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My Research


Abstract

Nitrogen (N) is one of the most important macronutrients. Plants require a large amount of N to provide a typical vegetative growth. Nitrogen is a major part of essential compounds in plants such as amino acids (proteins), DNA and RNA, chlorophyll. The limited availability of nitrogen in the soil leads to negative impacts on plant metabolism and as a result on plant development (Epstein and Bloom, 2005). Insufficient supply of nitrogen could cause reduction in leaf area, plant content of chlorophyll and photosynthetic level consequently a decrease in biomass production and the oil and protein yield (Tegeder and Rentsch, 2010).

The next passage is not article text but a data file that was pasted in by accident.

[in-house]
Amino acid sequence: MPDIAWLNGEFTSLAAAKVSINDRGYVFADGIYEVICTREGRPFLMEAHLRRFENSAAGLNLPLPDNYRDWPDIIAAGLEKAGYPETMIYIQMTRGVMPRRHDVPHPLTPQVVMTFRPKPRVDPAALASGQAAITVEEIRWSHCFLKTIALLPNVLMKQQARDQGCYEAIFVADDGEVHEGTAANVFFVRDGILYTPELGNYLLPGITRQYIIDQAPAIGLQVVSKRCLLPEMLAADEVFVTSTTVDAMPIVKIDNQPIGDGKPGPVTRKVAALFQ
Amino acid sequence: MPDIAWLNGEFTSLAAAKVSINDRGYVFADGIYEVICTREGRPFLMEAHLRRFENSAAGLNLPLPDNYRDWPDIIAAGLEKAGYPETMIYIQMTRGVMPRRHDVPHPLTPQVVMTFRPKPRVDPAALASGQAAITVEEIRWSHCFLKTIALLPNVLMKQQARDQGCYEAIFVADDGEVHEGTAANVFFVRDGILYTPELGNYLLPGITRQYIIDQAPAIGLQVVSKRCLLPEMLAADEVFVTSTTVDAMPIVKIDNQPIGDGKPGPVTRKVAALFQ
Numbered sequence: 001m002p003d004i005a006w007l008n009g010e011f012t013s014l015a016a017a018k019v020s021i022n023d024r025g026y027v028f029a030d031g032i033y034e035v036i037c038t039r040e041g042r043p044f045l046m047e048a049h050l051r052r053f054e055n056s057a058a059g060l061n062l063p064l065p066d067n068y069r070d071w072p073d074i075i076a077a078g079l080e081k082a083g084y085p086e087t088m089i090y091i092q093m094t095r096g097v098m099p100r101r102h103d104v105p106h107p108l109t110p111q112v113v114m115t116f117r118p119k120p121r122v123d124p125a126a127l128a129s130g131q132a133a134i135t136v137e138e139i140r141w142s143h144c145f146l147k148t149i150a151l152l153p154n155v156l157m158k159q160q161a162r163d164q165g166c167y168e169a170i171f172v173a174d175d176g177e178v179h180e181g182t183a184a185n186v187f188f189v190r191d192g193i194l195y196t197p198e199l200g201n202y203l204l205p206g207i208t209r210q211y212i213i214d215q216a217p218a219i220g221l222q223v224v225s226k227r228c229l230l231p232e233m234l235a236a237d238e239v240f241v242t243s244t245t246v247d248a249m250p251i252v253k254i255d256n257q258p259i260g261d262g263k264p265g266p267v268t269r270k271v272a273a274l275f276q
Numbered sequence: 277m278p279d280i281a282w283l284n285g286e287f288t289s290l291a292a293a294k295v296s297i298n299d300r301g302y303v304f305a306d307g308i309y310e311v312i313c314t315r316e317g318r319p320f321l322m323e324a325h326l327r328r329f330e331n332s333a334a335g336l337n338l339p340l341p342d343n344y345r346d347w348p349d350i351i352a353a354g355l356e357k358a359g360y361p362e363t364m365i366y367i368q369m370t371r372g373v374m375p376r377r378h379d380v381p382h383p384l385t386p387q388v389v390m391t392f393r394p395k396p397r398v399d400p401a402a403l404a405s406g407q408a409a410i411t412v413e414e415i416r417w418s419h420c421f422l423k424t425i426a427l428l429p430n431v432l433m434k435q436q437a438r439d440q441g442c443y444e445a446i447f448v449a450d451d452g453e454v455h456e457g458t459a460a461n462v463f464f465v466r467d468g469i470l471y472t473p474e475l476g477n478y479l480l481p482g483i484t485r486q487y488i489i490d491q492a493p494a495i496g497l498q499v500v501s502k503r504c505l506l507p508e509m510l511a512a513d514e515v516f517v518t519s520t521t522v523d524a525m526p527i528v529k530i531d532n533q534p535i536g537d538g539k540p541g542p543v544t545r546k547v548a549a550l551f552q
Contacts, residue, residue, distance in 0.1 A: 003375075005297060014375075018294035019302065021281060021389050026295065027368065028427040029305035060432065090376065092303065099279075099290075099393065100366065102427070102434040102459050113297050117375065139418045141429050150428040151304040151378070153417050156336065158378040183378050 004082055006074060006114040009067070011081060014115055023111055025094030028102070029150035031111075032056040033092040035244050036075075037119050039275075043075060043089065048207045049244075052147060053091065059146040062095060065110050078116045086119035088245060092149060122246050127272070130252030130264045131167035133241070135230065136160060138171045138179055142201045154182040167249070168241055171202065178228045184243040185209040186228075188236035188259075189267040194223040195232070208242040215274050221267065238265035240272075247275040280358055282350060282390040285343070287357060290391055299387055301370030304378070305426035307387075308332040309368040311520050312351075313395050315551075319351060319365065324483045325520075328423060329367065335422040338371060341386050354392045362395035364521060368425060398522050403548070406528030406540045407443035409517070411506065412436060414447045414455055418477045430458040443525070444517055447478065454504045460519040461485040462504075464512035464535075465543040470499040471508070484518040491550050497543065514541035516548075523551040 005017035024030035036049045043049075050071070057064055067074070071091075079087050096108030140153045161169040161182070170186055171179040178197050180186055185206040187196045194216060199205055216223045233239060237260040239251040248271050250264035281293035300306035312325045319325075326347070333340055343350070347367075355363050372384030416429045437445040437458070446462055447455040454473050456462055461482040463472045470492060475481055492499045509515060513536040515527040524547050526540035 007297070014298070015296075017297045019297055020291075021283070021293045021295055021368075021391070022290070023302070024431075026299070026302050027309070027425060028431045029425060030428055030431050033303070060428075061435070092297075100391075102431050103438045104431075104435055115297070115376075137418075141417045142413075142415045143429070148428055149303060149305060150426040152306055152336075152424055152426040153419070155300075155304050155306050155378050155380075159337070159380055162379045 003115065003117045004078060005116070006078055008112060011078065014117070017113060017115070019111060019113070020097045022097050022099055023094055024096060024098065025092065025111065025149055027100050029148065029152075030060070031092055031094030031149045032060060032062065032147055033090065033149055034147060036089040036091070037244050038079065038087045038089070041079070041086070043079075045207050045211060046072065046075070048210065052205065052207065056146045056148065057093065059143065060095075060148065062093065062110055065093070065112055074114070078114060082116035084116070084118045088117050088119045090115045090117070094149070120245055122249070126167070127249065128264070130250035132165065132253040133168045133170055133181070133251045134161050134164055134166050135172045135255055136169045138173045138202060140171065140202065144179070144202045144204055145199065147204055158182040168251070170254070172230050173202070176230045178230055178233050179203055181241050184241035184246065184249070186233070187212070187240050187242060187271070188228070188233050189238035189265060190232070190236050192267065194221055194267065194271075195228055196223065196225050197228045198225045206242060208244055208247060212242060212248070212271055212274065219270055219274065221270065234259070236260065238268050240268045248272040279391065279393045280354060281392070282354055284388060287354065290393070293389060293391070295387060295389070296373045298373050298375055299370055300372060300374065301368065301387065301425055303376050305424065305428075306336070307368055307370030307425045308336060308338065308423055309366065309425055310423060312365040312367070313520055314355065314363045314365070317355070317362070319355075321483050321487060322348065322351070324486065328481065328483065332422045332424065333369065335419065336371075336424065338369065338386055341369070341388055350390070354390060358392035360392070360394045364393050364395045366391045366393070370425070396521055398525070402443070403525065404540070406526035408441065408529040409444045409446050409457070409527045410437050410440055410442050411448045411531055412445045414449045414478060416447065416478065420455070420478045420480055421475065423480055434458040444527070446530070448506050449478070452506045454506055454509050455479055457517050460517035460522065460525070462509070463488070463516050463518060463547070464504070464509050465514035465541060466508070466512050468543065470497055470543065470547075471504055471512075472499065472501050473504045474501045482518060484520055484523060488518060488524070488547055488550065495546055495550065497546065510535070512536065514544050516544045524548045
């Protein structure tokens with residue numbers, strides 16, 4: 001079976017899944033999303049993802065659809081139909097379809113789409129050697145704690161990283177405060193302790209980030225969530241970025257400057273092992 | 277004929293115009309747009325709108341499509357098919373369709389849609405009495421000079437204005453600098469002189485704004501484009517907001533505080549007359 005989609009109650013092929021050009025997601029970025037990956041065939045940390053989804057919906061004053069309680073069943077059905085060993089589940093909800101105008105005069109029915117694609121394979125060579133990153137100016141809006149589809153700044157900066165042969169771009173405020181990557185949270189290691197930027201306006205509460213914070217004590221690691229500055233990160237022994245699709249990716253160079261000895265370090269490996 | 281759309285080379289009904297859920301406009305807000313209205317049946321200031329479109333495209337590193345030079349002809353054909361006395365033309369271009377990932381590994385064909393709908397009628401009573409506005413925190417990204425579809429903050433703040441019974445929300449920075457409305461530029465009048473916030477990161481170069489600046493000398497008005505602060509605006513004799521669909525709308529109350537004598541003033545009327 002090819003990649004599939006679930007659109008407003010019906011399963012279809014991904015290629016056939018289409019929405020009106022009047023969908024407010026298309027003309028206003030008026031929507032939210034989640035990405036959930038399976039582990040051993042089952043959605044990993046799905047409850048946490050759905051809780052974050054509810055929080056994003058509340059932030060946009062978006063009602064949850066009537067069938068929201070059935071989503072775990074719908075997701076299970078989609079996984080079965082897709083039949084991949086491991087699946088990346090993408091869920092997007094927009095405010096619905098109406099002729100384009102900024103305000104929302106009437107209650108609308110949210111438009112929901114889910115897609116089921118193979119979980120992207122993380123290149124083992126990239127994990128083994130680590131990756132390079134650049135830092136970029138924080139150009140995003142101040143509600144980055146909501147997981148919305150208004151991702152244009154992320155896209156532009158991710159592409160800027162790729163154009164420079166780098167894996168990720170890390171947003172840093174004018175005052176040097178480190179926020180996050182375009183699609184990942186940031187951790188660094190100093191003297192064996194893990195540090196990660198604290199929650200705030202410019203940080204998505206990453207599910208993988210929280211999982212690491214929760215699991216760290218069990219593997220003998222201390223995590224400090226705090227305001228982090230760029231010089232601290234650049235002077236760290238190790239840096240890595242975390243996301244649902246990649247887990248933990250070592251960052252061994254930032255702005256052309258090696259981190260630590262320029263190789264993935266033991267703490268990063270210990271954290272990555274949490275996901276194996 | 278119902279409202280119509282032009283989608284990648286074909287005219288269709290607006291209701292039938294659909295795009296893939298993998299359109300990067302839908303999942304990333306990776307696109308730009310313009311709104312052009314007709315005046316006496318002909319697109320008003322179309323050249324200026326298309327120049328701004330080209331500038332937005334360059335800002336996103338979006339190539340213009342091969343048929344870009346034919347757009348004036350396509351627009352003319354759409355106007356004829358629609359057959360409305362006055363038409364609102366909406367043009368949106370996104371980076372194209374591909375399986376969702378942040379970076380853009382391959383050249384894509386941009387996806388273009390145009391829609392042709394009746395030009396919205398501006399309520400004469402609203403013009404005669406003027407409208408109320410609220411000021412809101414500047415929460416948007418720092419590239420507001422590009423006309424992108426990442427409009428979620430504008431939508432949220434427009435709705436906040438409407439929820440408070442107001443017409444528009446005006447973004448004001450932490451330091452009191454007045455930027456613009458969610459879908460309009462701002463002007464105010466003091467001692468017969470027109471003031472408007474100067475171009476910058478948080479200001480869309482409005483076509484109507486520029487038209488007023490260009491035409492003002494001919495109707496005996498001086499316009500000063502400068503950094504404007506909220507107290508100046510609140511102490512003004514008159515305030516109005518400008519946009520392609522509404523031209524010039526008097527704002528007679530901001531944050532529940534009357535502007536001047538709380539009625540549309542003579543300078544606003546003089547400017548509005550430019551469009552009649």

Oilseed Rape (OSR) acquires Nitrogen (N) from the soil but only half the N taken up is recovered within seeds at harvest. Thus, a significant quantity of N is returned to the soil via dead leaves and plant remains which can cause harmful environmental effects. An accurate description of N storage and mobilisation during the life cycle of OSR at the whole plant level could result in a better understanding of N redistribution and lead to improvements in Nitrogen Use Efficiency.

Project aims

1) To achieve a better understanding of the mechanisms employed by the plant during Nitrogen metabolism, utilisation and remobilisation within OSR.

2) To investigate the genetic variation of different OSR genes involved in Nitrogen remobilisation.

3) To determine if Nitrogen utilisation in OSR can be improved through manipulation of the mechanisms identified.


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Brassica napus TNDH Mapping Population growing in Glasshouse to study a number of traits related to nitrogen utilisation and remobilisation

Main Supervisor

Dr Guy Barker

Guy dot Barker at warwick dot ac dot uk

Co-supervisor

Dr Graham Teakle

Graham dot Teakle at warwick dot ac dot uk